United States Institute of Peace

The Iran Primer

Robin Wright's Blog

Tehran’s Promise

Robin Wright (for The New Yorker)

Iran’s revolutionaries are aging. Most are in their late fifties, sixties, or seventies. The Supreme Leader, Ayatollah Ali Khamenei, turned seventy-six this month. More than sixty per cent of Iran’s eighty million people are under the age of thirty-five. A baby-boom generation, born after the revolution, doesn’t share all of its priorities.

 

Click here to read the full article in The New Yorker.

Javad Zarif on Iran’s Post-Deal Future

Robin Wright (for The New Yorker)

The long slog of diplomacy with Iran—a pariah nation since its 1979 revolution—was always about more than the bomb. It was about the return of the world’s eighteenth-largest country—and its vast military, population, and consumer base—at a time when the Middle East is crumbling. A nuclear deal could alter the regional dynamics.

 
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An Iran Deal, At Last

Robin Wright (for The New Yorker)

After nineteen days of marathon negotiations and four missed deadlines, Iran and the world’s six major powers announced a nuclear deal in Vienna this morning. The exhaustive and elusive diplomacy—sustained by an unsettling combination of Twizzlers, gelato, string cheese, and Rice Krispies treats—was dicey to the end. Secretary of State John Kerry wasn’t sure that the often volatile talks would succeed, until Iran’s foreign minister, Mohammad Javad Zarif, showed up at Kerry’s working quarters, in Room 103 of the opulent Palais Coburg, just before midnight Monday.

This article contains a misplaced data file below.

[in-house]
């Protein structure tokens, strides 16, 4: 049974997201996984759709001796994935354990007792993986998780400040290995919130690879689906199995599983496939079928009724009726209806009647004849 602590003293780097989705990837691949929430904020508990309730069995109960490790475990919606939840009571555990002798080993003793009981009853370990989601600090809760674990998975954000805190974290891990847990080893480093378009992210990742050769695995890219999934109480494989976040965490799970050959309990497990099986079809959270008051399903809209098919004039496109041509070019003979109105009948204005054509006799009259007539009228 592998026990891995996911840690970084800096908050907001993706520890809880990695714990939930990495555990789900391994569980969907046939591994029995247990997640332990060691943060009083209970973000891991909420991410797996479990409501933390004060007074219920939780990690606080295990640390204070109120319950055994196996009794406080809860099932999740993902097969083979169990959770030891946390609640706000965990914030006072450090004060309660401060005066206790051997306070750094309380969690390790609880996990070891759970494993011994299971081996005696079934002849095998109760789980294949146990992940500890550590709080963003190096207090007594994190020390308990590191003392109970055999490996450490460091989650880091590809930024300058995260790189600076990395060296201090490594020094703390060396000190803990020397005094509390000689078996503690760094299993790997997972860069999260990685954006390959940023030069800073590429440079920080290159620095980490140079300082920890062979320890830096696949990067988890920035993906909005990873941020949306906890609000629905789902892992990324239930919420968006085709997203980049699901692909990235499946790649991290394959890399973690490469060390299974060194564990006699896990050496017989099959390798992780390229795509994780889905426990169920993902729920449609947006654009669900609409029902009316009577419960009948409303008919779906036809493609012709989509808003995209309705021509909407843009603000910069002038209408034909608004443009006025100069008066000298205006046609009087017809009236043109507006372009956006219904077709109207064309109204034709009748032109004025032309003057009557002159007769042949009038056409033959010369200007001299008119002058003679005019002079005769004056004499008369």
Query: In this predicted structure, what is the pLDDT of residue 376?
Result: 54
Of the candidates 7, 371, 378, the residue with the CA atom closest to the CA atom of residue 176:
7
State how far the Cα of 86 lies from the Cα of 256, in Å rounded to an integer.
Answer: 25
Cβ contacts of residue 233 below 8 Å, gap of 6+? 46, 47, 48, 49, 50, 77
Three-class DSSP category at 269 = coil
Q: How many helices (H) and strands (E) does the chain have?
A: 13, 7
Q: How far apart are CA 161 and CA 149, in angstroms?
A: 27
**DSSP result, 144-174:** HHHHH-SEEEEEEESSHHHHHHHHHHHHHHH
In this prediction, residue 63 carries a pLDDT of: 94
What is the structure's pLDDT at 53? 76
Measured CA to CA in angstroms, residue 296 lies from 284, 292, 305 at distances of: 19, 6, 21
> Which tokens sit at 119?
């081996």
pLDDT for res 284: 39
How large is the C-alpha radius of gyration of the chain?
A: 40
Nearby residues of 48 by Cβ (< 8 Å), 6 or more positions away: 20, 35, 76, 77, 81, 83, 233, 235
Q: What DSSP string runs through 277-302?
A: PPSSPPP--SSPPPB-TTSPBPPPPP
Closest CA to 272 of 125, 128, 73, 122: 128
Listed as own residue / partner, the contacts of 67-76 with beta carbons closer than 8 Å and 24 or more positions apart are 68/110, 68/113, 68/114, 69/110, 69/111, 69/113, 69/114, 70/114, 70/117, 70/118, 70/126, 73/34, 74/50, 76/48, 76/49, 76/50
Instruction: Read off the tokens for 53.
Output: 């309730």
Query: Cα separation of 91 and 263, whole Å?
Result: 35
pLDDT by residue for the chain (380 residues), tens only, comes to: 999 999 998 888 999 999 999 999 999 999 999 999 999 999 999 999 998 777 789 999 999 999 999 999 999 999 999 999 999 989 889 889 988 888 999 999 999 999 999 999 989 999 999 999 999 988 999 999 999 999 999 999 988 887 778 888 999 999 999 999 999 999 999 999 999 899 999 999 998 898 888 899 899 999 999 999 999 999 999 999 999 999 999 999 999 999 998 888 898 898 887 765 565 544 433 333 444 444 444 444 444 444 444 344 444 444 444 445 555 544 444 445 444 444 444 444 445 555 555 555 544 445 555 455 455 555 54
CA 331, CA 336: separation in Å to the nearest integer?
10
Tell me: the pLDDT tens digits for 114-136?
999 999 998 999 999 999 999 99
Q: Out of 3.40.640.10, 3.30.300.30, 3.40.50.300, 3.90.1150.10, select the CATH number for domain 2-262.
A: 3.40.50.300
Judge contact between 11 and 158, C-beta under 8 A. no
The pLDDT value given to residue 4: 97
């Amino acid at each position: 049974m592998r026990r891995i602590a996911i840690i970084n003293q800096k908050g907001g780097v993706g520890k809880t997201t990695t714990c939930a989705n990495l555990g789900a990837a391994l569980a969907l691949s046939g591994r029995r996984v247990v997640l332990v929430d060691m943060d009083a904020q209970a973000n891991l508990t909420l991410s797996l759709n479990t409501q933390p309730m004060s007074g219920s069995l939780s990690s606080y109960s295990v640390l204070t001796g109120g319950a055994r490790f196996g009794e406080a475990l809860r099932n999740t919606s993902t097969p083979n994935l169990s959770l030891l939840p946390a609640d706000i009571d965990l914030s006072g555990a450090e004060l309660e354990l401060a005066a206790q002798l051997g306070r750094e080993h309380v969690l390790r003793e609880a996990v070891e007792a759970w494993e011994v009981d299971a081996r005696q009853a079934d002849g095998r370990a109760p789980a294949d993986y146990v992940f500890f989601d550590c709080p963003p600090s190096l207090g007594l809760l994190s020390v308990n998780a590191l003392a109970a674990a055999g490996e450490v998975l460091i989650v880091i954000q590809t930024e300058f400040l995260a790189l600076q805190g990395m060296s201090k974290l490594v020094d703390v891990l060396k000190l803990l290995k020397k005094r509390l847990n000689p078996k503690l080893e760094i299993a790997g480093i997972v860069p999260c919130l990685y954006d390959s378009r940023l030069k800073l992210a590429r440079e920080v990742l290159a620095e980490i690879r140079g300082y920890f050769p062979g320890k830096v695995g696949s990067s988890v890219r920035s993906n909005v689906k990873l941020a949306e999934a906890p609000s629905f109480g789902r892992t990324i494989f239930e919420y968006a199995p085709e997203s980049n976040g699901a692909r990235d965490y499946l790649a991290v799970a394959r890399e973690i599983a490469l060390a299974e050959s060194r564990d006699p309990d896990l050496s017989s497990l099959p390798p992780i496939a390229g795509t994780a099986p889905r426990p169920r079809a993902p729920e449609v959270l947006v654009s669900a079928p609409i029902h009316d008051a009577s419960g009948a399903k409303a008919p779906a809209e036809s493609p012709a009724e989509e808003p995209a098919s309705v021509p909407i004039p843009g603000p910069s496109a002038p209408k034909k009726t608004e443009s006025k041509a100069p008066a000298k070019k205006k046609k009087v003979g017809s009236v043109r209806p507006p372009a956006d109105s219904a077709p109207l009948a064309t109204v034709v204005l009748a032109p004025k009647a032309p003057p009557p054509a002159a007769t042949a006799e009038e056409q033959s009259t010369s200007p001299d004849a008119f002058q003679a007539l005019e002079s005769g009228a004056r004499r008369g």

Click here to read the full article in The New Yorker.
 

The Nuclear Deal’s Adversaries Back Home

Robin Wright (for The New Yorker)

Campaigns against a deal are already in full swing in both Washington and Tehran. If an agreement eventually emerges, both parties will have to sell it to constituencies that remain skeptical because of the even more tortured history between the two countries—spanning six decades and including a coup, terrorist attacks, assassinations, the shooting down of a passenger aircraft, covert operations, nuclear sabotage, and hostage dramas.
 
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The War that Haunts Iran’s Negotiators

Robin Wright (for The New Yorker)

The historic nuclear diplomacy taking place in Vienna’s elegant Coburg Palace has roots in a gritty war between Iran and Iraq that ended more than a quarter of a century ago. Iran suffered more than a hundred and fifty thousand dead between 1980 and 1988. In Tehran, it’s called the Sacred Defense. In the final stages, U.S. aid to Iraq contributed to Iran’s decision to pursue nuclear capability—the very program that six world powers are now negotiating to contain.
 
 
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